“You’ve got two minutes or less to get your family out of the house before it’s too late.” — Barbara Mariscal, disaster program manager for the American Red Cross Northern Valleys chapter.

Two minutes before the smoke and flames overcome you. Not a lot of time to grab your most valuable possessions, and run. So, what’s your escape plan? Don’t have one? Neither do I. Most people don’t.

You can’t fix stupid, but the Red Cross is trying this month. It’s asking for 20 minutes of your time for a one-on-one, virtual training class in safety tips so you can prevent house fires and keep your family safe.

Twenty minutes – an afternoon nap, a walk around the block. They’re not asking for much, and so far they’re not getting much. Red Cross LA is hoping to reach 800 homes in Los Angeles County by May 8, when the “Sound The Alarm” education program ends.

So far, 23 families have responded since it began April 8th. Twenty three. Certainly we can do better than that, can’t we?

“With COVID keeping so many people home, our largest disaster response now is house fires,” says Barbara Mariscal, a Red Cross disaster program manager. “Single and multi-family fires account for 90 per cent of disaster responses.”

In 2021 alone, not even four months into the year, Red Cross LA has supported more than 670 people displaced by 120 home fires. They were there last month when the Los Angeles City Fire Department responded to a three-unit apartment house fire in Panorama City.

By the time the Red Cross Disaster Action Team arrived on the scene, the fire had already spread to a second complex, and had been escalated to Greater Alarm level. It took 96 firefighters an hour and 11 minutes to fully extinguish the fire, which is believed to have been caused accidentally, not incendiary (purposely started).

The Red Cross paid the hotel and food bills for 14 families — 43 people — while they struggle to get back on their feet. Fortunately, all the smoke detectors were working and all the residents made it out safely, but those 14 families still living in hotels and motels across the Valley, lost everything they had, which wasn’t much.

“We had some families shy away from our help when we got there because they were undocumented, and thought we were a government agency, so they were fearful to talk to us,” Mariscal says. “We told them we weren’t and that it didn’t matter to us what they were. We welcome everyone who needs our help.”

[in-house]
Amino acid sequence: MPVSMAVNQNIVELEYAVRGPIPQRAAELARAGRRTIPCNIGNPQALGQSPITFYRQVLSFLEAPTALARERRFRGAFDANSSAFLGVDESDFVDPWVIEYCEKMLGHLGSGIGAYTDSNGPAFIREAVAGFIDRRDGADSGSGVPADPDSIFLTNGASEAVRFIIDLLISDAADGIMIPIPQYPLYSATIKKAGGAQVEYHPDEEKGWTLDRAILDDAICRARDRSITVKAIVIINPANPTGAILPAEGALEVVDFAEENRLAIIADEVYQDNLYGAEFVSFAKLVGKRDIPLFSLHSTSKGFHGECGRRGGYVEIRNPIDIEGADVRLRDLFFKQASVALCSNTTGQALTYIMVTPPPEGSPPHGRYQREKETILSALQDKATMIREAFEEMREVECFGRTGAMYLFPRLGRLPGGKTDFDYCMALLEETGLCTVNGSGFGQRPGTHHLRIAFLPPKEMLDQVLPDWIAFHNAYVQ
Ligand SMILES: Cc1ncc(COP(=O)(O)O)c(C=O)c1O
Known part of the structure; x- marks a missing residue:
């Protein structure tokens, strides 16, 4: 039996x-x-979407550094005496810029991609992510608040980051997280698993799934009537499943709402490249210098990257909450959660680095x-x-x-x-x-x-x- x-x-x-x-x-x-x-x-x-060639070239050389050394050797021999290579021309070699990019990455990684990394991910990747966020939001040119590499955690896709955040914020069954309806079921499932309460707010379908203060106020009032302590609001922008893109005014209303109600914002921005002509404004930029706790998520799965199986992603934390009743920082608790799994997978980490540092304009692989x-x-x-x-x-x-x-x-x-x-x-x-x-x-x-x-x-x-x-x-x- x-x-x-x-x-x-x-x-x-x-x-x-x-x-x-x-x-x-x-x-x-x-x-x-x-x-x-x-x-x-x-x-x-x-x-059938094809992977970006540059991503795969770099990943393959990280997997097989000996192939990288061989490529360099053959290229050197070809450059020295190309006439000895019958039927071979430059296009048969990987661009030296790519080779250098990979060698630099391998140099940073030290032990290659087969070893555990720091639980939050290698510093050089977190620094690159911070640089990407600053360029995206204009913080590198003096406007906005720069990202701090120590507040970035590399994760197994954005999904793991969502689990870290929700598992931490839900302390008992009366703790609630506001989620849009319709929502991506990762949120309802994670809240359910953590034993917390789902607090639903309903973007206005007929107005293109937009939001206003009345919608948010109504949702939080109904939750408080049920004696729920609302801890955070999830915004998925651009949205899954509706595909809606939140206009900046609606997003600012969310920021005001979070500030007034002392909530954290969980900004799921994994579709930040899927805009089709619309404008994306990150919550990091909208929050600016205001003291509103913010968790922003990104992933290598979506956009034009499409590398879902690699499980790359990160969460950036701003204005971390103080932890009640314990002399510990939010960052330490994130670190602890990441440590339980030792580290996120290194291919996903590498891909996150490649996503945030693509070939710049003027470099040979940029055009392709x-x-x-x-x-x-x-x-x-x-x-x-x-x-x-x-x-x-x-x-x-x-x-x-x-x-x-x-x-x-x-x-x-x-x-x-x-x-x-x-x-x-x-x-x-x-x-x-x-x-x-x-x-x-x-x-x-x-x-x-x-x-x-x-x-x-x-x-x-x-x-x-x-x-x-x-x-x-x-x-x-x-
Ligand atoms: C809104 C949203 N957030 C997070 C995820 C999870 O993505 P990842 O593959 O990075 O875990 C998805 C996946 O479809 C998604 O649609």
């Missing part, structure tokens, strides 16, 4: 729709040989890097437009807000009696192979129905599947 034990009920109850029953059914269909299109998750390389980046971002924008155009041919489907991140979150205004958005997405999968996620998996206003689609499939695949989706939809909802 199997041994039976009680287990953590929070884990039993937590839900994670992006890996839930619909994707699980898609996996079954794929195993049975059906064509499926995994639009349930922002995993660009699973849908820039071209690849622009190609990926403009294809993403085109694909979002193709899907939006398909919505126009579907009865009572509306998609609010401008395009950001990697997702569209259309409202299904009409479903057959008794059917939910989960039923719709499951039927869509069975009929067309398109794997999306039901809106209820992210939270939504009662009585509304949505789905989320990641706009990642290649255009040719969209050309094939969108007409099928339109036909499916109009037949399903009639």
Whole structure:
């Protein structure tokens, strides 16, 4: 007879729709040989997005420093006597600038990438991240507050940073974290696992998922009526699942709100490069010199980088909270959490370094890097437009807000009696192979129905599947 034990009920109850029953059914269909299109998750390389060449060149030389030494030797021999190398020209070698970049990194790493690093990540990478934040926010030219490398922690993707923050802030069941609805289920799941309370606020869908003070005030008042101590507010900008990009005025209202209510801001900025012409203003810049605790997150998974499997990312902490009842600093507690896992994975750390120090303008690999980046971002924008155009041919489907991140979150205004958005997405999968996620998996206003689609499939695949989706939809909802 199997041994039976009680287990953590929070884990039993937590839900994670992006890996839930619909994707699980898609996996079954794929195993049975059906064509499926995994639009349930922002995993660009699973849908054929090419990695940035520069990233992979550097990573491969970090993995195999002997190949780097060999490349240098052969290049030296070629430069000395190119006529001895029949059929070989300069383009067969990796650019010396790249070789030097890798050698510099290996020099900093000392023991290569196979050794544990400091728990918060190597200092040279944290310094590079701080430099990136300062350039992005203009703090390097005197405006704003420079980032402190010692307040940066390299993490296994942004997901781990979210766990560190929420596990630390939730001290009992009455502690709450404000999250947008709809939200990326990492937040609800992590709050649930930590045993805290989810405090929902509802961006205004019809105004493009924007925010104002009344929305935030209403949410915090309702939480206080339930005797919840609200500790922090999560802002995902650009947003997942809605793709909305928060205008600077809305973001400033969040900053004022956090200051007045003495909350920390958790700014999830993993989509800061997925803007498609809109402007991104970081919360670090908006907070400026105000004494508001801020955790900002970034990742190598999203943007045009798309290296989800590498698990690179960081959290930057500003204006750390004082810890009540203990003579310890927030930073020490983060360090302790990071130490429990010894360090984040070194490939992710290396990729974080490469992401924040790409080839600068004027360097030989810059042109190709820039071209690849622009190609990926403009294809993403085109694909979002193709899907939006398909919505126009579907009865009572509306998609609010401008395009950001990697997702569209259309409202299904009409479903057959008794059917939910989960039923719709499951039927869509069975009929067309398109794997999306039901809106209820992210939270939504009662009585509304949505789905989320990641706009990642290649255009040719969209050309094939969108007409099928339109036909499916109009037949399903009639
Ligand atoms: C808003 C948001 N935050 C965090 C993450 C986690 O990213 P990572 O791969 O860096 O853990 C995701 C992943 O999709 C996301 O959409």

I think nurse Clara Barton said that first when she founded the American Red Cross in 1881. Yeah, they’ve been helping this country for a long time, and still are — 24 hours a day, 365 days a year.

Many of the 14 families have lived in those apartments for 10, 15 years, and could afford the rent. Now, they’re looking at rents beyond their reach unless they pick up another menial job to add to the other two they already have.

Whether they will find a new place to live remains an open question. For now, the Salvation Army has stepped in to provide long term recovery, while the Red Cross disaster relief volunteers move on to help the next family who had two minutes or less to make it out.

Last weekend in Los Angeles County, there were four families who lost their homes to fire, and needed the Red Cross to help them.

To schedule a virtual, fire safety training class with a Red Cross disaster volunteer, visit redcross.org/lahomefire to make an appointment for a time you choose. Earthquake preparedness will also be discussed.

Twenty minutes to keep your family safe from facing two minutes or less of sheer terror and heartbreak. Certainly we can spare the time, right?

Dennis McCarthy’s column runs on Sunday. He can be reached at dmccarthynews@gmail.com.

California

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